If I make my own juice , I use a hose end sprayer. If it store bought I use a pump sprayer because it cost effective. I get my ingredients from a feed store.

Mix the following in a gallon of water.
Garrett Juice (ready to spray):
1 cup compost tea
1 ounce molasses
1 ounce natural apple cider vinegar
1 ounce liquid seaweed



For more fertilizer value add: 2 ounces of liquid fish (fish hydrolysate)
For disease and insect control add:
¼ cup garlic tea or
¼ cup garlic/pepper tea
or 1 – 2 ounce of orange oil



For homemade fire ant killer add: 2 ounces of orange oil per gallon of Garrett Juice


Note 1: To avoid burning plant foliage, the ready-to-use solution should not have more than 2 ounces of orange oil per gallon of spray.


Note 2: We now know why the mix works so well, not only on the foliage, but also in the soil. The ingredients are a well balanced blend of nutrients and food for both beneficial fungi and bacteria.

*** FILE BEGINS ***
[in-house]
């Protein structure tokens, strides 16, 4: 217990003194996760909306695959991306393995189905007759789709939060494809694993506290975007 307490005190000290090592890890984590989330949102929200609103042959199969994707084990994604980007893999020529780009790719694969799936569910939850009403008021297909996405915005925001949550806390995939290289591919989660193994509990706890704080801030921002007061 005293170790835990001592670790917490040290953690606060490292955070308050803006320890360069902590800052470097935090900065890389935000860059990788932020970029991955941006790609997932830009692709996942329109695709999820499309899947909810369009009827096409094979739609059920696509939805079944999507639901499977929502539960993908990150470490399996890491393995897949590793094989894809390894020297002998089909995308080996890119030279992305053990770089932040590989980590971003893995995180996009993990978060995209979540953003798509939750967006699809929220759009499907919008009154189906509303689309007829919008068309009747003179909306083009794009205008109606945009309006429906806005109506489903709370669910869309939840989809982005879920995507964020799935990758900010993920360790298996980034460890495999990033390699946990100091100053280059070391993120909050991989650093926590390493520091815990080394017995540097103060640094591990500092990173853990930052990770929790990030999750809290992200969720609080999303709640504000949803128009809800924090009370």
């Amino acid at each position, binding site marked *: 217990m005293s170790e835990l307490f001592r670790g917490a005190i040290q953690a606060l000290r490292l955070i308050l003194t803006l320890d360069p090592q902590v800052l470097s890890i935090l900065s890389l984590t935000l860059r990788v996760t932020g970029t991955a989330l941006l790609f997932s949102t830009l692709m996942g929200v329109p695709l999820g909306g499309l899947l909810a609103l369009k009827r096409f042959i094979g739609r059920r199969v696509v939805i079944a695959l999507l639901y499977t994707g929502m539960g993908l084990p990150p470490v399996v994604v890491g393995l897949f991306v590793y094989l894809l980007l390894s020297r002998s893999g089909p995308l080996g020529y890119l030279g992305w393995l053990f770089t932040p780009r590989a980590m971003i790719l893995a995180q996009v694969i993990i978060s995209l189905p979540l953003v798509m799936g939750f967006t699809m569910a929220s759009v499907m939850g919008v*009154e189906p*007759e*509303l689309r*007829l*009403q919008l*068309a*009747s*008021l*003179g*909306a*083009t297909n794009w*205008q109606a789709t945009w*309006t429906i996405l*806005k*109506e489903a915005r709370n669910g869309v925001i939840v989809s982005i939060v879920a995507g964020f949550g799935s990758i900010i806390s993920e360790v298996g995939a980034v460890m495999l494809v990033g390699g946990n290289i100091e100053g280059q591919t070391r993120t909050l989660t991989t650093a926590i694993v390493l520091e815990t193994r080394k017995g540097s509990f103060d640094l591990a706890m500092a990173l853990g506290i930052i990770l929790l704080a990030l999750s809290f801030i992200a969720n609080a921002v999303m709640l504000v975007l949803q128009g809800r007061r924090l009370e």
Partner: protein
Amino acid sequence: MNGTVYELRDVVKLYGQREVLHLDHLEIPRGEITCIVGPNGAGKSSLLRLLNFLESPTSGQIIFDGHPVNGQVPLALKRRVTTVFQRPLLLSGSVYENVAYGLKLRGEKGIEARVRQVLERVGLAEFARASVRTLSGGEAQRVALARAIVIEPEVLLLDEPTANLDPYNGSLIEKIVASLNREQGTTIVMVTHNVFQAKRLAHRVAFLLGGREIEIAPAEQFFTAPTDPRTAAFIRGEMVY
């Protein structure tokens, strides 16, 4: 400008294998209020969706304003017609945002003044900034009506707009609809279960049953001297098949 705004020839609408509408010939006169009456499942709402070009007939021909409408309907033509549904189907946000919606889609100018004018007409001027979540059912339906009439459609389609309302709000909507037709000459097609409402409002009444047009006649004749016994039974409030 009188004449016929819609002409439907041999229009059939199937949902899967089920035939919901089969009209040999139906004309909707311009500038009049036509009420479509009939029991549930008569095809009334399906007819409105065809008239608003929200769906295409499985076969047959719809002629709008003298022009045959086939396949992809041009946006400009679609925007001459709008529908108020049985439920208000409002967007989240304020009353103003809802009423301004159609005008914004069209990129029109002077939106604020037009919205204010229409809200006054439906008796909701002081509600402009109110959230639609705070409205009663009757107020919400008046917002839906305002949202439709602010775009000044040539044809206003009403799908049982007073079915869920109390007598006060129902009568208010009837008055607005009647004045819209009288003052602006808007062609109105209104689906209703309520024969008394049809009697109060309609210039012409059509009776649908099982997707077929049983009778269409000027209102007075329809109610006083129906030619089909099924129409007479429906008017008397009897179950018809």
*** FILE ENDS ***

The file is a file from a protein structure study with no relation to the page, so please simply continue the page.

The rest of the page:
Naturally Yours,
Howard Garrett
The Dirt Doctor




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Post  has55 on 8/2/2020, 10:31 am

It not over yet as ReneeD said, you have the fall and no more insect pressure. It seems your  summer /fall are longer like here in Texas. Prepare for the fall, esp greens and they are easy to grow.

from dirt doctor monthly calendar for my area. Your master gardener for your area will be a great help too.
In my area we are doing-

Plant*:for August

  • Plant portulaca, purslane, marigold, zinnia, copper canyon daisy, wild- flowers and ornamental grasses for immediate color. Many great types of salvia are available. Use spider lilies, fall crocus, fall amaryllis, mums and asters for later flowers.

  • Fall vegetable garden plants, especially the warm weather veggies.

  • Wildflowers seed if you haven’t already.


SEPTEMBER

Plant*:


  • Wildflower seeds if you didn’t plant them at the best time in summer.

  • Cool-season vegetables, including broccoli, cauliflower, Brussels sprouts, cabbage, beets, turnips, spinach, potatoes, lettuce, carrots, beets, radishes and English peas.


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Post  has55 on 8/2/2020, 1:11 pm

I forgot to add this note for each month:

·